When it comes to learning and teaching kids with Down syndrome, they tend to need more academic support than most other kids. They are most likely to be put in their own class room that rages from 10-12 kids in class. No matter what it is they always have some type of support or guidance for everything they do. For example, they will all walk together with a teacher to go get their lunch or use the restroom, but they all stick together, mostly for safety reasons. When it comes to school work all the kids will work on their own assignment at their own pace and the teacher will walk around and help them. There is standard treatment for Down syndrome, it all just depends on the individuals. Children with Down syndrome will likely see a number of health professionals like physicians, special educators, speech therapists, occupational therapists, physical therapists, and social workers. People with Down syndrome are at a greater risk for several health problems and conditions. Some conditions may require immediate surgery right after birth, and occasional treatment throughout childhood or even long-term treatments.
The most important role of a family member is supporting the child or family member with this disorder. You want your child or family member to feel loved and involved with the family events/activities not like some outsider. You should treat them like they are typical and not special. The best way to do so is to get them involved in regular actives like sports, cheerleading and so on. As a sibling, you must help support your parents by helping watch them. For example, maybe let your parents go out to eat take them outside and play with them for a little bit, so your parents can relax. You also need to be understanding that sometimes the parents may need to pay more attention/focus to them than you at some points. Children who have a sibling with a disability can benefit them in ways they might not even notice. For example, these kids often enhance a level of maturity above their peers and tend to have more highly-developed communication and social skills.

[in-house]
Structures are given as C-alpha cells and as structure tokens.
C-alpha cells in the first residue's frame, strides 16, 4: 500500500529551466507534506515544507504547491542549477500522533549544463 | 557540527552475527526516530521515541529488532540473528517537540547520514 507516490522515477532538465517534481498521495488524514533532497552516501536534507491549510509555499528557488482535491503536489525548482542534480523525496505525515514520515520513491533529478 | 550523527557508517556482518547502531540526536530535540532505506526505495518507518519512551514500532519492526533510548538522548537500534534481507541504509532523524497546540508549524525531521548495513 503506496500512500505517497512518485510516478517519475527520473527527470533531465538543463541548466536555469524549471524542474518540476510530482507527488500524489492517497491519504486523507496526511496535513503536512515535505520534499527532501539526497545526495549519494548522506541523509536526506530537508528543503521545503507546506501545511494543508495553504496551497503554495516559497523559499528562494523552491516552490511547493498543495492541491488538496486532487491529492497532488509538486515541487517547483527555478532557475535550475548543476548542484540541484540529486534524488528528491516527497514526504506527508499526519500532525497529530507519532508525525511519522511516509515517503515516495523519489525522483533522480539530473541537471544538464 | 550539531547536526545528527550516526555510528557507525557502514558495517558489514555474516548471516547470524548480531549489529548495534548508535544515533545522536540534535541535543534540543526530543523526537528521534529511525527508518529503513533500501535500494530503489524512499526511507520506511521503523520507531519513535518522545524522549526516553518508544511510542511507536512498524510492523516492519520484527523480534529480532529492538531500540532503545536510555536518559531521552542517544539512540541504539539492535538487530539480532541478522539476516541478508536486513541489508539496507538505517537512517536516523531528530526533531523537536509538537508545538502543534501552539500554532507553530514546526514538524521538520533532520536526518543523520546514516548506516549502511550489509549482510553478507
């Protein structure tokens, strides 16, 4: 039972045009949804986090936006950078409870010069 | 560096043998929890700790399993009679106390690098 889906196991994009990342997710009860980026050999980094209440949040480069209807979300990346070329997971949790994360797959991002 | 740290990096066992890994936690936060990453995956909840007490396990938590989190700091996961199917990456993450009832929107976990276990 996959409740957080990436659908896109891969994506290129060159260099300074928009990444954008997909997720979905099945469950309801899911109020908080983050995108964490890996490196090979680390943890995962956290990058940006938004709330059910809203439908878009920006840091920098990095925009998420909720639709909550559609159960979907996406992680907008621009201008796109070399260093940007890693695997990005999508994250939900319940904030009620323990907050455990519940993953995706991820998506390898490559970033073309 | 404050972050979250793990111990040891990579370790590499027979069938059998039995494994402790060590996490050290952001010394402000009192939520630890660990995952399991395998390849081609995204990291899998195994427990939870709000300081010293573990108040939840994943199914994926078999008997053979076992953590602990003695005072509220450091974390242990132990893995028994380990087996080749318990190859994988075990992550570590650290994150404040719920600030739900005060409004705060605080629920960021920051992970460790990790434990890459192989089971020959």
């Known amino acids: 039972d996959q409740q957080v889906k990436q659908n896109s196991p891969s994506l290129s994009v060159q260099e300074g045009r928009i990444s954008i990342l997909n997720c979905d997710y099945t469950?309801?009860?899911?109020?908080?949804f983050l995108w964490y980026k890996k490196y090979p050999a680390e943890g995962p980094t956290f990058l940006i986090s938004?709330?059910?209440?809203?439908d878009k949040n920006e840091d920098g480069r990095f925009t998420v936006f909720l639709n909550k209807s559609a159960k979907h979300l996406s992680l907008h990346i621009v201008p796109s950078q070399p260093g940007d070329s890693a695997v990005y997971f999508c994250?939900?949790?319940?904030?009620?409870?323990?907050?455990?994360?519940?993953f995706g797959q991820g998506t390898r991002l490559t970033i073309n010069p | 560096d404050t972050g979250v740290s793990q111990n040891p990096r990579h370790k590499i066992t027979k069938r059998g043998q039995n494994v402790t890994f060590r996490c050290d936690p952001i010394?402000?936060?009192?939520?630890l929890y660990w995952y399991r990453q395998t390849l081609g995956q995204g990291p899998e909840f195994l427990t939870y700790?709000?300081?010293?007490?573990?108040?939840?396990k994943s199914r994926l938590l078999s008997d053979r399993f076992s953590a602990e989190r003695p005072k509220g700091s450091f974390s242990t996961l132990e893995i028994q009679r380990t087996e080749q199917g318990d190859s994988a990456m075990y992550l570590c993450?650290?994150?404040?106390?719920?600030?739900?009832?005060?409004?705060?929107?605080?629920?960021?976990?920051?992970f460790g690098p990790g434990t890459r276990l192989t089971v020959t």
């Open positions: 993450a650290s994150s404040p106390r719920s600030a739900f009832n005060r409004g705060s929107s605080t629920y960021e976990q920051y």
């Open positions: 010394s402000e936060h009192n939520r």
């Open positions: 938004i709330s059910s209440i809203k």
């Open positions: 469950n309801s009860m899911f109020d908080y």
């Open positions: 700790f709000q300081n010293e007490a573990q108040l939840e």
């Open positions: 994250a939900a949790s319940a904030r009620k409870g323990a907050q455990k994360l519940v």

In conclusion, doing this research on the topic of Down Syndrome has significantly enhanced my knowledge. I thought I had a very good understanding about this disability due to my personal experience with this disability. I have worked with lots of kids that have Down syndrome, but I have learned a great deal more. Down syndrome is an important disease and its over looked by many. It is the most common chromosomal condition and more people should know about the disability and the issues families go through.
Ambreen, Asim, Ashok, Kumar, Sarita, Agarwal, Shalu, Jain, Srinivasan, Muthuswamy., (2015)
Down syndrome: An Insight of the Disease. Journal of Biomedical Science,(22), 44
Baglio, Christopher., Capone, George., Coe, David., Matson, Johnny., Russell, Deirde.,Slifer,
Keith., Stallings, Sydney.(1999). Behavior Problems of Children with Downs Syndrome and Life Events. Journal of Autism and Developmental Disorders, Vol.29(2), 149-155
Center for Disease Control and Prevention. (N.D).Birth Defects. Retrieved
Duranovic, M., Klasnic, I.& Opic,V. (2017). A Child With Down Syndrome-Challenge for
Families, Kindergartens, and schools. New Trends and Issues Proceedings on Humanities and Social Sciences. Issue 5(2017), 32-41
National Dissemination Center for Children with Disabilities. Down Syndrome NICHCY
Disability Fact Sheet. ERIC, ED572706